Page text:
PE Week Wire: Tues., May 15, 2007

I spent an ungodly portion of yesterday discussing the Chryslerus deal with various reporters — the majority of whom know fairly little about private equity. This is not a knock on them, as it isn’t their area of expertise, but the result was incessant querying about how many people Cerberus plans to layoff (answer: best guess is to check the existing Chrysler restructuring plan) or if it will cash out within a few months via a dividend recap (answer: maybe a little, but the term “cashing out” is a BIG oversimplification).

The question everyone should be asking is this: What does Cerberus know that the rest of us don’t?

Specifically,does it have some handshake agreement with the UAW in regards to the upcoming contract negotiations? UAW gave the thumbs-up yesterday (which means the buyout will almost certainly get done), but that’s the easy part. The hard part comes when the two sides have to sit across a bargaining table that also includes Ford and GM. Two is still more than one (among the Big 3), which means that any tacit Chryslerus agreement could be rendered moot.

There’s probably a good answer out there, but I’m sure glad I’ve been getting asked different questions.

*** Speaking of Chryslerus, it was the lead story on yesterday’s NBC Nightly News. The lead by CNBC’s Phil LeBeau was an accurate representation of private equity, whereby he said that most PE firms are aggressive with their investments, andsometimes break up companies. But then they played this brief and bewildering comment from Casaba Csere, editor-in-chief of Car & Driver:

“You worry about a private equity group coming in, because this is not a simple business. The amount of money you need to invest in the car business is enormous, the lead time is long.”

My wife then turned to me and remarked sarcastically: “Yeah, because private equity only invests in the simple companies.” If my wife – a woman who proudly pays little attention to what I cover — could immediately spot the absurdity of Csere’s statement, why couldn’t some editor at NBC?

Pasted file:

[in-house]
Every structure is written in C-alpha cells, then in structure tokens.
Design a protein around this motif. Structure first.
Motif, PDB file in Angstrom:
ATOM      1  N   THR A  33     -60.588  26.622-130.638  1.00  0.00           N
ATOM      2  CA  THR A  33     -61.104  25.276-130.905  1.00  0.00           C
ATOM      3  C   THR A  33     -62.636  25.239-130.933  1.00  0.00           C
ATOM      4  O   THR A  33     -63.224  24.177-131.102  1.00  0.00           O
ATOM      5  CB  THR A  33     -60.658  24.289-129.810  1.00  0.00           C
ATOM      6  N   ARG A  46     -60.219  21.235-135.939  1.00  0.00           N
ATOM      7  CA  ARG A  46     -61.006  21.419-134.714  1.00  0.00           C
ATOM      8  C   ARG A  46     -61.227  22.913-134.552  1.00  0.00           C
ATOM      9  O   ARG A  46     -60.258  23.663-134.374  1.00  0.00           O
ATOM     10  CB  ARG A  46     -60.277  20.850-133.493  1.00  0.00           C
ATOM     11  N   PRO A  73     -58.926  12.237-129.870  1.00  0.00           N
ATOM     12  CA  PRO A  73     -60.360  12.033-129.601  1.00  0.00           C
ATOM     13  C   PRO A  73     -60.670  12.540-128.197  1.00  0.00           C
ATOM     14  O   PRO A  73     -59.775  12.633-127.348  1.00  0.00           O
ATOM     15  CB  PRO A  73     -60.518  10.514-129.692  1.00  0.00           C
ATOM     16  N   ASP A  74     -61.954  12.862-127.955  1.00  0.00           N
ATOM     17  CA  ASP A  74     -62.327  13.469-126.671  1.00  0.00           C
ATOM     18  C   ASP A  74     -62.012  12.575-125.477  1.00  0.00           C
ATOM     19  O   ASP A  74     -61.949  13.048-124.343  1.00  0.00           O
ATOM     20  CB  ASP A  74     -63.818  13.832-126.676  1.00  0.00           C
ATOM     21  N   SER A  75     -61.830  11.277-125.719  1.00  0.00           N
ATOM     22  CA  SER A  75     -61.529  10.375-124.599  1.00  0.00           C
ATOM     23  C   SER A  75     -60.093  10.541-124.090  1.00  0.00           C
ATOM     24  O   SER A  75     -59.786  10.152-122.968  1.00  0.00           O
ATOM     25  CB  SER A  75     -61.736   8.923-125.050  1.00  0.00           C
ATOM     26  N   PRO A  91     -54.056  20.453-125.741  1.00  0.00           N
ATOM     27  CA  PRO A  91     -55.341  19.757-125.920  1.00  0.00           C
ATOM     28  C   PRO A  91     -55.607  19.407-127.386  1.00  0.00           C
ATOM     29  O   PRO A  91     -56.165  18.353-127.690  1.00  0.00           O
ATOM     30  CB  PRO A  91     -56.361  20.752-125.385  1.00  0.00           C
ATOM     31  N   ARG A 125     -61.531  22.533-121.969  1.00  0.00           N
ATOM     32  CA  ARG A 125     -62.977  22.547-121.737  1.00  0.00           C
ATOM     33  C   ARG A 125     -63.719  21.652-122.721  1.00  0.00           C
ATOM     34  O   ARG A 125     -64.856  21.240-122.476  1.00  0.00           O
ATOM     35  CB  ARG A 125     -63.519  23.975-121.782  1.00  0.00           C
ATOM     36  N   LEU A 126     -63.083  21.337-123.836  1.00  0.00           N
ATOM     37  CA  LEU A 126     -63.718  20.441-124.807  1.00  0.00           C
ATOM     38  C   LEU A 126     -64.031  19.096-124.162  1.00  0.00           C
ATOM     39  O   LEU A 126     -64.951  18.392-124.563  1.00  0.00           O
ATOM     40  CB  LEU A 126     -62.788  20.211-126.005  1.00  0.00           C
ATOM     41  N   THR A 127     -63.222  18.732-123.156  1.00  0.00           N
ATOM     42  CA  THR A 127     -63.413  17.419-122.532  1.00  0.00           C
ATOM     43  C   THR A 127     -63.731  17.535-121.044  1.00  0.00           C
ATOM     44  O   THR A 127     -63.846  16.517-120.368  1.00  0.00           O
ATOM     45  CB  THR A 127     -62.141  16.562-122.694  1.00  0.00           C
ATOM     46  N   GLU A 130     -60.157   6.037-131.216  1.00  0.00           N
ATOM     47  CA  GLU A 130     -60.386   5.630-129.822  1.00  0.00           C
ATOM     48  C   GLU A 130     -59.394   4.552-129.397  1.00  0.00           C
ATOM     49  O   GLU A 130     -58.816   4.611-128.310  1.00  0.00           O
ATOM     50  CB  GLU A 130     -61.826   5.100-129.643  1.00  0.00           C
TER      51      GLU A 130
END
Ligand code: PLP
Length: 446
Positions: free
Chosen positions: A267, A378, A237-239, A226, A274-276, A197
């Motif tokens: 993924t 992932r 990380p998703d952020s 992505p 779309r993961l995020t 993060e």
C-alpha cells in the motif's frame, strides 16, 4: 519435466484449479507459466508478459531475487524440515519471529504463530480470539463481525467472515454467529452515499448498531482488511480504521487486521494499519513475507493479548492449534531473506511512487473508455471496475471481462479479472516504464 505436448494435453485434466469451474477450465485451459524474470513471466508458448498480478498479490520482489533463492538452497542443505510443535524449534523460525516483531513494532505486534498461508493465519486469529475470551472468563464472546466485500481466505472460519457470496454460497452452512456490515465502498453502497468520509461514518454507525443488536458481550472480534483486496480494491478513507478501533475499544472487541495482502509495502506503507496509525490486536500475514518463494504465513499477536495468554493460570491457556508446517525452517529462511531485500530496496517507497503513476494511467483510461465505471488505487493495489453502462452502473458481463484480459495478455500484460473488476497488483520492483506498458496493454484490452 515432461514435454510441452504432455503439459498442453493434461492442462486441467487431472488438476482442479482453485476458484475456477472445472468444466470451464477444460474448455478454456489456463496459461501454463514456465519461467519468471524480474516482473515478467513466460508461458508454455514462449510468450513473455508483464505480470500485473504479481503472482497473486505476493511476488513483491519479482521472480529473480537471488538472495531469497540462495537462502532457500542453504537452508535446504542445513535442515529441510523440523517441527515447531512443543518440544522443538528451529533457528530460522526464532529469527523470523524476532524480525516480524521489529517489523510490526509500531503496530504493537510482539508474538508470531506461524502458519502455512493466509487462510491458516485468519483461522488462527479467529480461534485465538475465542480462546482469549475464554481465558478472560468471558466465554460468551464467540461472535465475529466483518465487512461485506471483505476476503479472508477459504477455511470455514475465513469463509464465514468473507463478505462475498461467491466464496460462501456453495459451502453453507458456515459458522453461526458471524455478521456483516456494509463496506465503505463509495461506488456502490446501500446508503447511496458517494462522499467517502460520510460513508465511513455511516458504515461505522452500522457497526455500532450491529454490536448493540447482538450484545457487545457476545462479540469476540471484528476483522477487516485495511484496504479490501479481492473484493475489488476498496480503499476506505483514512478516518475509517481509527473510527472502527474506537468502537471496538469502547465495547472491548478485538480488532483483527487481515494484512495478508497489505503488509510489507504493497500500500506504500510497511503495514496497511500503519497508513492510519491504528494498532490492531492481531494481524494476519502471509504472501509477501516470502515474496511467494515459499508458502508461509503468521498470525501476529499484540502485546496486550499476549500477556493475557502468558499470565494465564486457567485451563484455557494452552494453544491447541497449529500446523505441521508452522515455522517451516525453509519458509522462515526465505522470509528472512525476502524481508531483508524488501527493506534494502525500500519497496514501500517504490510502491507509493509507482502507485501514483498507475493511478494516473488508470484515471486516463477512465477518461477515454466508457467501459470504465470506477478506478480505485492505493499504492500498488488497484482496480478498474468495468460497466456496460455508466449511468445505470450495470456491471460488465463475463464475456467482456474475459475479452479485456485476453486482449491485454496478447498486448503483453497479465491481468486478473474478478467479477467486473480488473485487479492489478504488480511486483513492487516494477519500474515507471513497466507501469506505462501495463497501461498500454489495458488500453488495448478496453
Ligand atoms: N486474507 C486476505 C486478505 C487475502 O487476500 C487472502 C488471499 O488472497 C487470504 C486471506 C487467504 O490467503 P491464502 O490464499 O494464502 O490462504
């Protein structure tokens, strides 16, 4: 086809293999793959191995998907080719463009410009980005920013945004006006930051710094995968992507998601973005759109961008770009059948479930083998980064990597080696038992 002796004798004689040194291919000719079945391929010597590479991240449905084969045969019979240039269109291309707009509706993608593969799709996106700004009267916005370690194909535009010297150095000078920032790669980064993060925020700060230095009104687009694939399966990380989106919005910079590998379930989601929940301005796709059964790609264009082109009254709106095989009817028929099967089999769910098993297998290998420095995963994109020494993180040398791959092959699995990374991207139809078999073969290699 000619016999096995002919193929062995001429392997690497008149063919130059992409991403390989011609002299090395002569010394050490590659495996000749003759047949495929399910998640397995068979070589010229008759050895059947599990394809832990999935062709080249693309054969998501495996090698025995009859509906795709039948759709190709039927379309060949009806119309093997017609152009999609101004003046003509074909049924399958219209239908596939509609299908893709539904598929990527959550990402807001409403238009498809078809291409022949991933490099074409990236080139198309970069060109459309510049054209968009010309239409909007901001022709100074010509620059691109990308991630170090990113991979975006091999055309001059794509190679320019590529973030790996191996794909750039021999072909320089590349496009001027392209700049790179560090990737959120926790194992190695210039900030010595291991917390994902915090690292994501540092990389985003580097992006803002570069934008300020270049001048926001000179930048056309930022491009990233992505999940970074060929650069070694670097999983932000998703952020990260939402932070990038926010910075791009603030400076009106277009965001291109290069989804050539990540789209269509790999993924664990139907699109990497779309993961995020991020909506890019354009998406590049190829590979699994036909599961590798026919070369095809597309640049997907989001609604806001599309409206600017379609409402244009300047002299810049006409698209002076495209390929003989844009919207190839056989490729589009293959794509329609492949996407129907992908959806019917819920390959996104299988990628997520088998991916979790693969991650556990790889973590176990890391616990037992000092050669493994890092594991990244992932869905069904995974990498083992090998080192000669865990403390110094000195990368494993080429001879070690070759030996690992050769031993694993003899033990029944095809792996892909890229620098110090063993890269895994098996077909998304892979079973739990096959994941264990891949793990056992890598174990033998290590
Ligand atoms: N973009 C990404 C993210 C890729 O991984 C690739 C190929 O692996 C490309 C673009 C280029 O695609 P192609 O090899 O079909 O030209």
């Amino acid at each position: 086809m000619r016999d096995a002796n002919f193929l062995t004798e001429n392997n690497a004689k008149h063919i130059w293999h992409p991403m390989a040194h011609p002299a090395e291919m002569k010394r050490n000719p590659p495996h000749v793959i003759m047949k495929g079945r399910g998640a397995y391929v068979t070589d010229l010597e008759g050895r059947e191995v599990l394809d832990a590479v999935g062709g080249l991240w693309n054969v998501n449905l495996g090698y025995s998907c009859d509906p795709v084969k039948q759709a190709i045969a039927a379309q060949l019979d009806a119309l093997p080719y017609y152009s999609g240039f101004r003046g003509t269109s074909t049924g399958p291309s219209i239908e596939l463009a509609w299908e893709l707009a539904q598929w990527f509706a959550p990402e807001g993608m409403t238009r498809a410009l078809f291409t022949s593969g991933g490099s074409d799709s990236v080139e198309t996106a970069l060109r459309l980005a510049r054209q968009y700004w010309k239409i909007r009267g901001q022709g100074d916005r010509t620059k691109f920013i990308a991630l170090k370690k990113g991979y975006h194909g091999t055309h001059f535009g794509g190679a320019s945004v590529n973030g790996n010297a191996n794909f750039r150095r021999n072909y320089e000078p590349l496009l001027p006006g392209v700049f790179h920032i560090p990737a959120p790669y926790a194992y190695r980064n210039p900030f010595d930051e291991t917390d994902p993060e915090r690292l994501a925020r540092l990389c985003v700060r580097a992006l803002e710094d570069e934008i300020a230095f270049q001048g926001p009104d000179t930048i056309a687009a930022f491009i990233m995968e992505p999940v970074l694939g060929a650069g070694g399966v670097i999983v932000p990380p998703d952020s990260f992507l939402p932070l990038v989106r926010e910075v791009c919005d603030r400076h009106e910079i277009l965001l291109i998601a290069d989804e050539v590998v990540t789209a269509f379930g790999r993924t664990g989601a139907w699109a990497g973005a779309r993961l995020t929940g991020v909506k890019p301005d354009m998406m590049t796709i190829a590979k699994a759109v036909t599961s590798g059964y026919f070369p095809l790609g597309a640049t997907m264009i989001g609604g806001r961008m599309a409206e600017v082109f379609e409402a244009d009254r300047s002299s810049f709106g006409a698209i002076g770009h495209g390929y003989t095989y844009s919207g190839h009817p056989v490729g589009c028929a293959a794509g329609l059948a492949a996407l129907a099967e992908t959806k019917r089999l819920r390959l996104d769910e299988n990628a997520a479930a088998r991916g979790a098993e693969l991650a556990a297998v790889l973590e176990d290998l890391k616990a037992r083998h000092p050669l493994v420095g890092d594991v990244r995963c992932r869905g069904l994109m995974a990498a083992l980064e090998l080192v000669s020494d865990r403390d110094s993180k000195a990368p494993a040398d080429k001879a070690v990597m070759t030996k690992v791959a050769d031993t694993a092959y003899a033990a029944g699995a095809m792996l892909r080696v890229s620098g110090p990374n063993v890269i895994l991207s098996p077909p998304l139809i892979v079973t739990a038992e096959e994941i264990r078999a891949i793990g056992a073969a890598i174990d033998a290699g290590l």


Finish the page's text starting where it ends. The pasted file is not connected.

*** I reported in January that Golden Gate Capital was raising an annex fund to its second fund raised in 2004, and that it would then employ an evergreen structure for its third official vehicle. Well, GGC has quietly closed the annex fund with $614 million, and is indeed making evergreen plans. Details at peHUB.

*** The Canada Venture Capital Association will release Q1 venture capital and buyout data at 10:30am ET. I’ve got it, and will post to peHUB once the embargo lifts.

*** I’ve been considering a piece on Elevation Partners, which has only closed three deals since closing its $1.8 billion debut fund in 2004. The working title is What the Hellevation? My basic interest isn’t why a firm with so little activity has received so much press attention (over 1,000 print mentions to date), as the obvious answer is Bono. Instead, I was more interested if LPs were getting nervous about the seemingly-slow pace.

The results so far have been inconclusive, for two reasons. First, the nascent portfolio actually represents a significant portion of Elevation’s capital under management – in part because two of the deals are platform companies. Specifically, it committed an estimated $300 million to a joint media venture with Forbes (in exchange for a minority stake in the publisher), and made a $300 million commitment to video game publisher BioWare/Pandemic Studios. It’s first deal was a $100 million PIPE deal for Move (Nasdaq: MOVE). All together, that’s $700 million of a $1.8 billion fund, or around 39 percent. Kind of like the heavy-concentration strategy employed by Garnett & Helfrich Capital.

Oh, reason number two: LPs usually give new partnerships at least three years to get things together. Those who did express some mild concern with Elevation’s pace – particularly given its inconsistency with the market-at-large – said that it was still a bit too early to bring issues to the fore…

*** Fred Wilson is not commenting on reports that CBS is buying Wallstrip, except to say that the reporters got his involvement way wrong. Oh, and if you haven’t already, read Fred’s Anti-VC post (particularly the comments section).

*** Yes, my corporate overlords have agreed to buy Reuters. No, I have no idea what it means for me or this product. Fingers crossed for a net positive.

*** Not only is there rampant insider trading prior to public M&A deals, but it’s far more pronounced when a private equity firm is the buyer.

Top Three

Welsh, Carson, Anderson & Stowe has agreed to acquire TransFirst from GTCR for $683 million. Financing for the transaction is being led by Merrill Lynch and Deutsche Bank Securities, both of whom acted as M&A advisors to WCAS. TransFirst is a Dallas–based provider of transaction processing services and payment enabling technologies. It was founded as ACS Merchant Services in 1995, with GTCR sponsoring a recapitalization in 2000.

Nuance Communications Inc. (Nasdaq: NUAN) has agreed to acquire VoiceSignal Technologies Inc., a Woburn, Mass.-based developer of mobile voice technology. The deal is valued at approximately $293 million, including a $204 million cash payment and 5.8 million shares of Nuance common stock. VoiceSignal has raised over $21 million in VC funding since 2000, from firms like Stata Venture Partners and Argonaut Private Equity. Nuance was represented by Lehman Brothers on the transaction, while VoiceSignal was represented by Goldman Sachs.